Developers create and maintain the tools and other content that are used by the rest of the organization. Knowing how to design and develop those tools so they will deliver business value is not easy. It demands a deep understanding of the business challenge, the audience and the capabilities of the business intelligence software. Engage your developers to improve their design: a good design is half of the work. Next to that, developers should know how to develop business applications that are using the data tool itself. Power BI is a rich collection of software services, apps, and connectors. It takes time to master all the relevant aspects to create impact.
Training for end-users of the business tools created by internal developers can be better developed in-house as these tools are specific to the organization, but for most of the data tool training courses, developing an in-house training is way too time-consuming and costly to develop and maintain. On several topics addressed, there are many free, online training courses available.
How data mature is your organization?
Assessing the data literacy maturity of the organization is an important step to define the current level, but also to define the pain points that need to be addressed. The “Transforming Data With Intelligence” (TDWI) group has developed a useful data literacy guide and assessment tool. The assessment has fifty questions in five categories: Culture and Resources, Data & Infrastructure, Skills and Talent, Tools, Data Governance and Process.
Performing a data maturity assessment once a year helps to measure progress on those five categories, as that may take some time, and define bottlenecks. To develop your own assessment leveraging Microsoft Forms and review the results with Power BI is an accessible way to do that.
How to support data collaboration
In order to develop a strong data literacy, it is important that all the internal and maybe external actors of the organization can flawlessly and easily collaborate together. In the Microsoft ecosystem, the several tools are working seamlessly together, so that your effort developing data literacy are considerably facilitated.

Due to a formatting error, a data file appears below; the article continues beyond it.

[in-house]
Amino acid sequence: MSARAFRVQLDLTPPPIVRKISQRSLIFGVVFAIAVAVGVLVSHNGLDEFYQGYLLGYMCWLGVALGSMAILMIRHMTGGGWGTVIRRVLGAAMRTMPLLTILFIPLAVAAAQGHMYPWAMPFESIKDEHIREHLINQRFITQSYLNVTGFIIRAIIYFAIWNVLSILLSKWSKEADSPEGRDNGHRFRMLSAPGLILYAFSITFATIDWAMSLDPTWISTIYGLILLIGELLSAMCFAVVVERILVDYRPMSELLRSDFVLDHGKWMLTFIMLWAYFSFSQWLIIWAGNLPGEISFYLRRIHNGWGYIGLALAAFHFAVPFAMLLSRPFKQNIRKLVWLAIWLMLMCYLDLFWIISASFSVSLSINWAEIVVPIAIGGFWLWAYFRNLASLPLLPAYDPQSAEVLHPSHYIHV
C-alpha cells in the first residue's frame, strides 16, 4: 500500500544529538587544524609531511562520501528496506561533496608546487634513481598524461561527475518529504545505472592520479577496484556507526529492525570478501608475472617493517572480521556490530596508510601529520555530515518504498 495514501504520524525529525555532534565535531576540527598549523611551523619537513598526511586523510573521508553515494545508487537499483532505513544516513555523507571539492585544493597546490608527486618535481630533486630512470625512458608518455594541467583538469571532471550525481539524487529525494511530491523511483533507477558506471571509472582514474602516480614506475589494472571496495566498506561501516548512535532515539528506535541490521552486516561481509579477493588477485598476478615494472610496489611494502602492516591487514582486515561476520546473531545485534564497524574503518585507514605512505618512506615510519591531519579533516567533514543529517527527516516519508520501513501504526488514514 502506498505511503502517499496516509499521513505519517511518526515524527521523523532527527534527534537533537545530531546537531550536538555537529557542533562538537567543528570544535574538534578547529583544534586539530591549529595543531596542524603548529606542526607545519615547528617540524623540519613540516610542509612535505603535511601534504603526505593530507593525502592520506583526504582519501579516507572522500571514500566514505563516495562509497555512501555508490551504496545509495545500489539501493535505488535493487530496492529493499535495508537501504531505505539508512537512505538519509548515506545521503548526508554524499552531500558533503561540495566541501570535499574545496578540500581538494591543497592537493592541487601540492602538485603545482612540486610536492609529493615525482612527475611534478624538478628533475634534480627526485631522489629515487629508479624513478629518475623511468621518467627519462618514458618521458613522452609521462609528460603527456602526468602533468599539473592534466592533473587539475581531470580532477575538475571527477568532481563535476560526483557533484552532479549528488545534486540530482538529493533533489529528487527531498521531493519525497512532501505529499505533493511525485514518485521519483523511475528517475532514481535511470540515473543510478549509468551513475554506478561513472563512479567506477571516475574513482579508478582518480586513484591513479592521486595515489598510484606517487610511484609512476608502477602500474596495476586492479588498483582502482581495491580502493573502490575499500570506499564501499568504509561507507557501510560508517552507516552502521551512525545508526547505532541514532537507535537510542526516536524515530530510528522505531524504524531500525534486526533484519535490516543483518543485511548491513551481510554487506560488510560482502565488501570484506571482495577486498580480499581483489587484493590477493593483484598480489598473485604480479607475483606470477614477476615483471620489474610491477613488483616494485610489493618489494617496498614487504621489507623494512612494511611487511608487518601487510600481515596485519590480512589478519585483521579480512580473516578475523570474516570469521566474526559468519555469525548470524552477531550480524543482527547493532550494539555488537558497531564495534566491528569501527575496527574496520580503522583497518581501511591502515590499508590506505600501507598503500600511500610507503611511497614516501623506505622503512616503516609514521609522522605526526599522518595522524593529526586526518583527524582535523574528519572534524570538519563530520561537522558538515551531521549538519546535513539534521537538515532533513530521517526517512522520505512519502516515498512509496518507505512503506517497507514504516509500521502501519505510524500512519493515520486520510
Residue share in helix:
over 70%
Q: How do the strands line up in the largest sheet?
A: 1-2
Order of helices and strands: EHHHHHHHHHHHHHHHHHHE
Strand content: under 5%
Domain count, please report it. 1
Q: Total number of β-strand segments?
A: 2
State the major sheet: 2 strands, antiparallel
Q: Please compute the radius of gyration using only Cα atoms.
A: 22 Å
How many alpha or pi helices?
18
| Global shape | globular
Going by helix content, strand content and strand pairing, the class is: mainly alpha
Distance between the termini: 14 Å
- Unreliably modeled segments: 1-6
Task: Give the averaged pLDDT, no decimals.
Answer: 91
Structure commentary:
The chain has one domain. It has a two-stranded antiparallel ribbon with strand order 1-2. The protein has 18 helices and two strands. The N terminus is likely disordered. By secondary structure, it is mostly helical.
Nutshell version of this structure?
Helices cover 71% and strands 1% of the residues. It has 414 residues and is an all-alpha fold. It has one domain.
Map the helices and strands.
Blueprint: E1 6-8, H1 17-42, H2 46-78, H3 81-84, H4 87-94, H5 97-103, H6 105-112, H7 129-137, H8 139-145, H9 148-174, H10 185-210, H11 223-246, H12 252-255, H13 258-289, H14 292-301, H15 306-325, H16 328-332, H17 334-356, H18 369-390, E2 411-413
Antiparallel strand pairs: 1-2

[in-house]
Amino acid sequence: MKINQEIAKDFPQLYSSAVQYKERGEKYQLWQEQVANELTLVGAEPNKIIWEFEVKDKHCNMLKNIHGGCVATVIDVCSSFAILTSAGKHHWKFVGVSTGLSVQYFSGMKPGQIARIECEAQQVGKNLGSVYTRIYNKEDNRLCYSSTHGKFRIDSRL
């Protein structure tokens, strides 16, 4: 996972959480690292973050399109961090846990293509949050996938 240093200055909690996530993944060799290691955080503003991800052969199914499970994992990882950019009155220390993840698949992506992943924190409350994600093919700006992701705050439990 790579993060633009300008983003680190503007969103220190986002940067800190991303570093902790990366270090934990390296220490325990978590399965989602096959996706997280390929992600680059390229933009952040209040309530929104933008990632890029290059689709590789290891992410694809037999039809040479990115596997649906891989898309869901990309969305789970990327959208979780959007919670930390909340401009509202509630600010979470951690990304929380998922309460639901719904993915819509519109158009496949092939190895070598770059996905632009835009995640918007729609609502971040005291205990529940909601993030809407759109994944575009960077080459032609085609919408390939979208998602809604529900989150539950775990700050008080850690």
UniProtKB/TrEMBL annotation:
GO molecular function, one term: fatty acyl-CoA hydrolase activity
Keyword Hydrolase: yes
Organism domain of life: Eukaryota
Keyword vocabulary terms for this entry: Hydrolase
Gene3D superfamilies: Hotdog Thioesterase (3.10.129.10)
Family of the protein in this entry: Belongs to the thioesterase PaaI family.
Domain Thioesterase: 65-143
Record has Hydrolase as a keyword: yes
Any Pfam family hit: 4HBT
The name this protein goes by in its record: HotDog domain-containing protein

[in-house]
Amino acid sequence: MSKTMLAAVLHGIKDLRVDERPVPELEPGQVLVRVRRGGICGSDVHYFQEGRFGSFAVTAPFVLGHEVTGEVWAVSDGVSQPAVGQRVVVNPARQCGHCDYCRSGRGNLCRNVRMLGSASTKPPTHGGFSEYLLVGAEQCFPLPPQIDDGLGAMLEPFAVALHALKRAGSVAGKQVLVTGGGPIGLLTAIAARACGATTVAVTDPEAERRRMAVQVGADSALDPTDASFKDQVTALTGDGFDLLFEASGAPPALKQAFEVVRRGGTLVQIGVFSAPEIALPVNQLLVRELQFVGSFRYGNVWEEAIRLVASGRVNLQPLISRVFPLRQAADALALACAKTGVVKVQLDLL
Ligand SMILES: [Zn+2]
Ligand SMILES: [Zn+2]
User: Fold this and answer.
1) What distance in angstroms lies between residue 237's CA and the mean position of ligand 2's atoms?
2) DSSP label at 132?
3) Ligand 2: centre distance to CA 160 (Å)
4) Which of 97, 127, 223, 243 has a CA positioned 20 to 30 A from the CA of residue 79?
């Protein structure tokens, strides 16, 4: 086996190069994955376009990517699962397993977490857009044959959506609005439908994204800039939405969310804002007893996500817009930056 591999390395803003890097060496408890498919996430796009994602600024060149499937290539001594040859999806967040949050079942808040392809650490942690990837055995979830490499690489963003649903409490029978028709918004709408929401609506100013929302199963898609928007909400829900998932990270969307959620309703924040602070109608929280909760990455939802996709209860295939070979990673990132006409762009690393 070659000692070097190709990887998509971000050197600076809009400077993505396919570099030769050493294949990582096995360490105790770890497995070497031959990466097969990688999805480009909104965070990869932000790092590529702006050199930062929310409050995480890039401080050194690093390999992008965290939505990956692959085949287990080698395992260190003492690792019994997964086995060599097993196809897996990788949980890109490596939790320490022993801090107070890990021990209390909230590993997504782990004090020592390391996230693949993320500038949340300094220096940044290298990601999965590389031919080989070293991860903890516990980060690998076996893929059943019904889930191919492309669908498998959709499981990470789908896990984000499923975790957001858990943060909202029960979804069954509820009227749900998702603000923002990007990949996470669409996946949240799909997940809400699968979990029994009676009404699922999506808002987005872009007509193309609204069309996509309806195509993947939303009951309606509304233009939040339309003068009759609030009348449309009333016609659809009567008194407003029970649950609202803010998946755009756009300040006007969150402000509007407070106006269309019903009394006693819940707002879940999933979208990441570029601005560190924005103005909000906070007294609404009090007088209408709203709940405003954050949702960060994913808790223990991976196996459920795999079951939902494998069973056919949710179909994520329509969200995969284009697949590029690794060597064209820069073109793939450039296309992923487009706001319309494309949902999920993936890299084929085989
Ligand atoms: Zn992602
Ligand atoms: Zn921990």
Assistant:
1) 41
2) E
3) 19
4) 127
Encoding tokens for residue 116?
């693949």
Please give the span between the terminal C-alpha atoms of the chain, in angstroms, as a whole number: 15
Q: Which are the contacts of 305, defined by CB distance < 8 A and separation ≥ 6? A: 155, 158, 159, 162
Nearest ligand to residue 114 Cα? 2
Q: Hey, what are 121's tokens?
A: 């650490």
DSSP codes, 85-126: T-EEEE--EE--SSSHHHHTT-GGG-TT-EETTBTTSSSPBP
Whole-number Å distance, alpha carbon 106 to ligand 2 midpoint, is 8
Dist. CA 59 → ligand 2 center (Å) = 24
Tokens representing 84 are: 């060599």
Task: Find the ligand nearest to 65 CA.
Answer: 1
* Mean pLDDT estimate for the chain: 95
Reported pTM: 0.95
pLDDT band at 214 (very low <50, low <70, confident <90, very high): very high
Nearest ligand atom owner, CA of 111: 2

A short introduction on the basis of a non-extensive list of services in the ecosystem and a short description on how those services support collaboration.
- With Power BI, advanced and modern interactive reports and dashboards can be created. Through the Power BI Online services, employees, customers and suppliers can work together on their preferred devices in a secure manner. They can share reports, comment information directly in the report, export to Powerpoint, Excel or PDF and way more…
- Part of the Office365 suite, Excel, Powerpoint and Outlook are important tools to support collaboration. Many data tools have been created with Excel. Excel integrates well with Power BI and “old” Excel applications can be upgraded leveraging the power of the Power BI platform. With Powerpoint, employees can work on their story telling skills and share those through Outlook.
- Microsoft Teams is the Microsoft collaboration platform. It provides a workspace for real-time collaboration and communication, meetings, file and app sharing. Microsoft Teams integrates well with Power BI, giving the possibilities for teams to view their own reports and comment on those in one tool.
- On the side of data cataloguing and management, Azure Data Catalog (ADC 1.0) and Azure Purview (ADC 2.0) support organizations on their metadata management, data lineage and data classification.
Data driven operations start with data literacy
By continuously investing in training, challenging developers to create tools that create impact up to the operational processes and regularly assessing the data maturity of the organization to define areas to improve, it is possible to develop and maintain strong data literacy.
Also, software companies continue to develop tools that support this challenge. Tools that integrate with each other. A periodic review of your landscape and exploring new tools to see how they can support your organization, will open up new opportunities to address data literacy.